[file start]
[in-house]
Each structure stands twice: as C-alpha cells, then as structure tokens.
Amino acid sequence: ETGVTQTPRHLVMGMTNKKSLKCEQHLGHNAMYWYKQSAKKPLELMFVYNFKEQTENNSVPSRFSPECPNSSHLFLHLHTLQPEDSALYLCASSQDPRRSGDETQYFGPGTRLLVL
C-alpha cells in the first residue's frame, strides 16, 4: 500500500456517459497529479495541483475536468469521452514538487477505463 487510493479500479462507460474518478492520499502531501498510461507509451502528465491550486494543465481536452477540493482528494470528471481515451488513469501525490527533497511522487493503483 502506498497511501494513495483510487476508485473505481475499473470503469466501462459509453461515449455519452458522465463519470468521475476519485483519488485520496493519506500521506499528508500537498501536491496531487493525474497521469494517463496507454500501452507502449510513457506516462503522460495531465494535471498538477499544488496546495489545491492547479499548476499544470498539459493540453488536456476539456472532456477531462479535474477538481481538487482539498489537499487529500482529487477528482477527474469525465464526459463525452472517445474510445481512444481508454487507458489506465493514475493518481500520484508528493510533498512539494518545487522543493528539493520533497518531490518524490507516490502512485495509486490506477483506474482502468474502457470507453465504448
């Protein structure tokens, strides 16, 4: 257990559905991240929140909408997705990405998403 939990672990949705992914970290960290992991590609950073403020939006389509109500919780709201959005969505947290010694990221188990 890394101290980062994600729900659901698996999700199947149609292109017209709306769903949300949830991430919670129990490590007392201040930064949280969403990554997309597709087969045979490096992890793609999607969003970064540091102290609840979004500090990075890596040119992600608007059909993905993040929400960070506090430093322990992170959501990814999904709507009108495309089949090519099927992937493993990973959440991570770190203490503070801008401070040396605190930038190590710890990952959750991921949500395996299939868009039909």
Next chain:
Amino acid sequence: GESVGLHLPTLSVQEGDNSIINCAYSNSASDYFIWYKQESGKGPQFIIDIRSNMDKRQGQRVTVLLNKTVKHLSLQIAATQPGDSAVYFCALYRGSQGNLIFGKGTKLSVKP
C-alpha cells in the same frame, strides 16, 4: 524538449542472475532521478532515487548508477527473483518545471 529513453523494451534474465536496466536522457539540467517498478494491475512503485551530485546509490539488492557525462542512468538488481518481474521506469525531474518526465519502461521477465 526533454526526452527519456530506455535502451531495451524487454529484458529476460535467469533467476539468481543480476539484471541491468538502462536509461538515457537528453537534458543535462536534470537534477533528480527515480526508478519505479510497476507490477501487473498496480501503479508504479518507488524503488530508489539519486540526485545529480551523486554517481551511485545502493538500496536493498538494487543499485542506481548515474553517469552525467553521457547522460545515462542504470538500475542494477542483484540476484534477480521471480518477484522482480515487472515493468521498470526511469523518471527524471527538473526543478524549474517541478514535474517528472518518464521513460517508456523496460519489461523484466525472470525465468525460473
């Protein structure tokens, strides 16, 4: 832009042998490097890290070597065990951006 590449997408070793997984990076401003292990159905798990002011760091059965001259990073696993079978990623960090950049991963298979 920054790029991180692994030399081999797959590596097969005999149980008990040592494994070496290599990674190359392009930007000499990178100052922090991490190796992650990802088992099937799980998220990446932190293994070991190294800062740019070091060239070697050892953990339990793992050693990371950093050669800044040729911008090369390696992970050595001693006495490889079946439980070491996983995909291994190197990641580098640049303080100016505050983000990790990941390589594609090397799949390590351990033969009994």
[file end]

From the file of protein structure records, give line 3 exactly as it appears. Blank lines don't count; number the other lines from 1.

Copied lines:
Amino acid sequence: ETGVTQTPRHLVMGMTNKKSLKCEQHLGHNAMYWYKQSAKKPLELMFVYNFKEQTENNSVPSRFSPECPNSSHLFLHLHTLQPEDSALYLCASSQDPRRSGDETQYFGPGTRLLVL